March 3, 2011

How Chimps Use Laughter
Chimpanzees mimic the laughter of their playmates even if they do not find the situation as funny, scientists said today. Research by Marina Davila-Ross, of the University of Portsmouth, has shown that the apes do not just ape the expressions of their social partners. The psychologist said the chimpanzees appeared to use laughter to strengthen social bonds, just like humans. (Daily Mail)

The Age of the Universe
Today, cosmologists have a variety of methods for aging the universe, most recently the detailed measurements of cosmic microwave background radiation—the afterglow of the big bang—made in the last decade. And all these methods seem to agree on one thing: the universe has existed for around 13.75 billion years. (Melvyn Bragg, In Our Time, BBC Radio 4)

Is the Theory of Supersymmetry in Trouble?
Gordon Kane, a theoretical physicist at the University of Michigan, has spent about 30 years working on supersymmetry, a theory that he and many others believe solves a host of problems with our understanding of the subatomic world. Yet there is growing anxiety that the theory, however elegant it might be, is wrong. Data from the Large Hadron Collider, a 27-kilometre proton smasher that straddles the French-Swiss border near Geneva, Switzerland, have shown no sign of the “super particles” that the theory predicts. (Geoff Brumfiel, Nature News)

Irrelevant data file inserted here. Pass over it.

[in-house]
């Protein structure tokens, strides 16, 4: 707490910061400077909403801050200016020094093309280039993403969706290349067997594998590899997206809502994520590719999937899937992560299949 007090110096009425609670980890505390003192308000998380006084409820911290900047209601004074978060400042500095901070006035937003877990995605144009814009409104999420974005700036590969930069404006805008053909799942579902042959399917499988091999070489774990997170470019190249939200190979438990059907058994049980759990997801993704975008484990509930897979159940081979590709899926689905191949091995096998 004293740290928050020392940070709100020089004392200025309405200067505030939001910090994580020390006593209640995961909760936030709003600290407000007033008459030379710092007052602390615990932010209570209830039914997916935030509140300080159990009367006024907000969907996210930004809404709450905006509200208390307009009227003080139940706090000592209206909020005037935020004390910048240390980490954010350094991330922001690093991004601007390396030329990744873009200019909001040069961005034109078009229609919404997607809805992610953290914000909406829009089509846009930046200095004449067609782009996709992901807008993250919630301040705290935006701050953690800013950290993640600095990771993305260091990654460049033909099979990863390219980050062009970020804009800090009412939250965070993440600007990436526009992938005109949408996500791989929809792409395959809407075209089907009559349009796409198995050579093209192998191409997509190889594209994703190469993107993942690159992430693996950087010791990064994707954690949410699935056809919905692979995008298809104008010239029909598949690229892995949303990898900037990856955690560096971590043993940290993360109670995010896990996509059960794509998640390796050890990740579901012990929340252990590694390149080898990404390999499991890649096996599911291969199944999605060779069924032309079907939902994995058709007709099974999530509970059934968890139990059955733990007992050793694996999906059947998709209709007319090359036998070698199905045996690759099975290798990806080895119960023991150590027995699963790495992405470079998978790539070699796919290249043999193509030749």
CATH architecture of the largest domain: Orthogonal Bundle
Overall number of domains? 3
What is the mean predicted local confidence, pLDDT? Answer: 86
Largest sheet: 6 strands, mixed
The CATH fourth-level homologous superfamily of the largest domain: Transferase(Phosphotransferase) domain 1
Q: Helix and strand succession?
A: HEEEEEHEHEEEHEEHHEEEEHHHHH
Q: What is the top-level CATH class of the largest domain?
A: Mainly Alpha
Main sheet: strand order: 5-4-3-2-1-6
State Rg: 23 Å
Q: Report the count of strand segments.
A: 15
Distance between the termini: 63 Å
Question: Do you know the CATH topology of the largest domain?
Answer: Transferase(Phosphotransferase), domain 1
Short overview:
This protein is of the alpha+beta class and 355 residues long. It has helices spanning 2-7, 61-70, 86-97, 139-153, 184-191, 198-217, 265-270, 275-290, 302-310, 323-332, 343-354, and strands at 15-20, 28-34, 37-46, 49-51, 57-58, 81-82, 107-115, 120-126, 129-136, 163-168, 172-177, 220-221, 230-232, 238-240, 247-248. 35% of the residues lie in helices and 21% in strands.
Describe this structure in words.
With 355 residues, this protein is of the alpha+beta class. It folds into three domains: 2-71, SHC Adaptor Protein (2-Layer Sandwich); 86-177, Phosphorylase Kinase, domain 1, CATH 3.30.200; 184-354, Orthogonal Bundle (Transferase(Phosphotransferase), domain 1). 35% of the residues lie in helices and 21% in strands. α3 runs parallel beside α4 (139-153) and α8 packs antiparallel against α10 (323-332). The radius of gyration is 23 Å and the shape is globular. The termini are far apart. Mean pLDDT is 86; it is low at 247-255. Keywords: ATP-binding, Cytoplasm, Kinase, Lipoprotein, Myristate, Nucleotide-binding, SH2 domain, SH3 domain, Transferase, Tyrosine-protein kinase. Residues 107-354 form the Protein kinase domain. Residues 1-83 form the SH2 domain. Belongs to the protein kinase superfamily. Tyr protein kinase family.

How Climate Change Is Viewed in Uganda
Opposing the scientific consensus on climate change has become something of an article of faith for the socially conservative religious right in the United States. But in Uganda—a deeply religious and superstitious nation infamous for its rampant homophobia—climate change skepticism is nowhere to be seen. (Adam Corner, New Scientist)

EXHIBIT
Spirituality

The exhibition at PPOW Gallery, titled “Spirituality,” is intended to show that David Wojnarowicz had much more to say on the subject of religion than was contained in the four-minute adaptation shown in Washington, D.C., which came under fire for its brief depiction of ants crawling on a crucifix. (Pia Catton, The Wall Street Journal)

Category: Field Notes

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